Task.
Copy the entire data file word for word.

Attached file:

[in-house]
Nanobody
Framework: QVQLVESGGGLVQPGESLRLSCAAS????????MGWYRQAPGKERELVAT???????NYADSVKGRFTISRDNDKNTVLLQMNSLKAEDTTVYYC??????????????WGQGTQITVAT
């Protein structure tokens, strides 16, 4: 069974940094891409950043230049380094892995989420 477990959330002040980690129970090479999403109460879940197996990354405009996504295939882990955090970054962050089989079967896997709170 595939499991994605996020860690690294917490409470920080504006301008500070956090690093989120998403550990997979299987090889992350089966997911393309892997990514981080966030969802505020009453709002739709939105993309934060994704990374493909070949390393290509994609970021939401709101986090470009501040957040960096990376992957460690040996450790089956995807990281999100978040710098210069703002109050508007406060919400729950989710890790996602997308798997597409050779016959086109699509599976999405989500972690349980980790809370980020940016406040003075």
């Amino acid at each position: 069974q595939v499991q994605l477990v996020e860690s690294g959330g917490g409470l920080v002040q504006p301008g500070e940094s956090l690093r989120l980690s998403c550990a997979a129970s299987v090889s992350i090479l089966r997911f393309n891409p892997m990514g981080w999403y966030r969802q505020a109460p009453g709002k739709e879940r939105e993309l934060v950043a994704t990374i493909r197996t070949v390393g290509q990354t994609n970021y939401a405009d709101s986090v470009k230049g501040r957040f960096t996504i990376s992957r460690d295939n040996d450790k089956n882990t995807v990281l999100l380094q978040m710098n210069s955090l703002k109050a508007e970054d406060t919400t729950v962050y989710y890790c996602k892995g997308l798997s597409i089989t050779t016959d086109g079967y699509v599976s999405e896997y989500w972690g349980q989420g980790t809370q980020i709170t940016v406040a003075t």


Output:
[in-house]
Nanobody
Framework: QVQLVESGGGLVQPGESLRLSCAAS????????MGWYRQAPGKERELVAT???????NYADSVKGRFTISRDNDKNTVLLQMNSLKAEDTTVYYC??????????????WGQGTQITVAT
């Protein structure tokens, strides 16, 4: 069974940094891409950043230049380094892995989420 477990959330002040980690129970090479999403109460879940197996990354405009996504295939882990955090970054962050089989079967896997709170 595939499991994605996020860690690294917490409470920080504006301008500070956090690093989120998403550990997979299987090889992350089966997911393309892997990514981080966030969802505020009453709002739709939105993309934060994704990374493909070949390393290509994609970021939401709101986090470009501040957040960096990376992957460690040996450790089956995807990281999100978040710098210069703002109050508007406060919400729950989710890790996602997308798997597409050779016959086109699509599976999405989500972690349980980790809370980020940016406040003075």
């Amino acid at each position: 069974q595939v499991q994605l477990v996020e860690s690294g959330g917490g409470l920080v002040q504006p301008g500070e940094s956090l690093r989120l980690s998403c550990a997979a129970s299987v090889s992350i090479l089966r997911f393309n891409p892997m990514g981080w999403y966030r969802q505020a109460p009453g709002k739709e879940r939105e993309l934060v950043a994704t990374i493909r197996t070949v390393g290509q990354t994609n970021y939401a405009d709101s986090v470009k230049g501040r957040f960096t996504i990376s992957r460690d295939n040996d450790k089956n882990t995807v990281l999100l380094q978040m710098n210069s955090l703002k109050a508007e970054d406060t919400t729950v962050y989710y890790c996602k892995g997308l798997s597409i089989t050779t016959d086109g079967y699509v599976s999405e896997y989500w972690g349980q989420g980790t809370q980020i709170t940016v406040a003075t």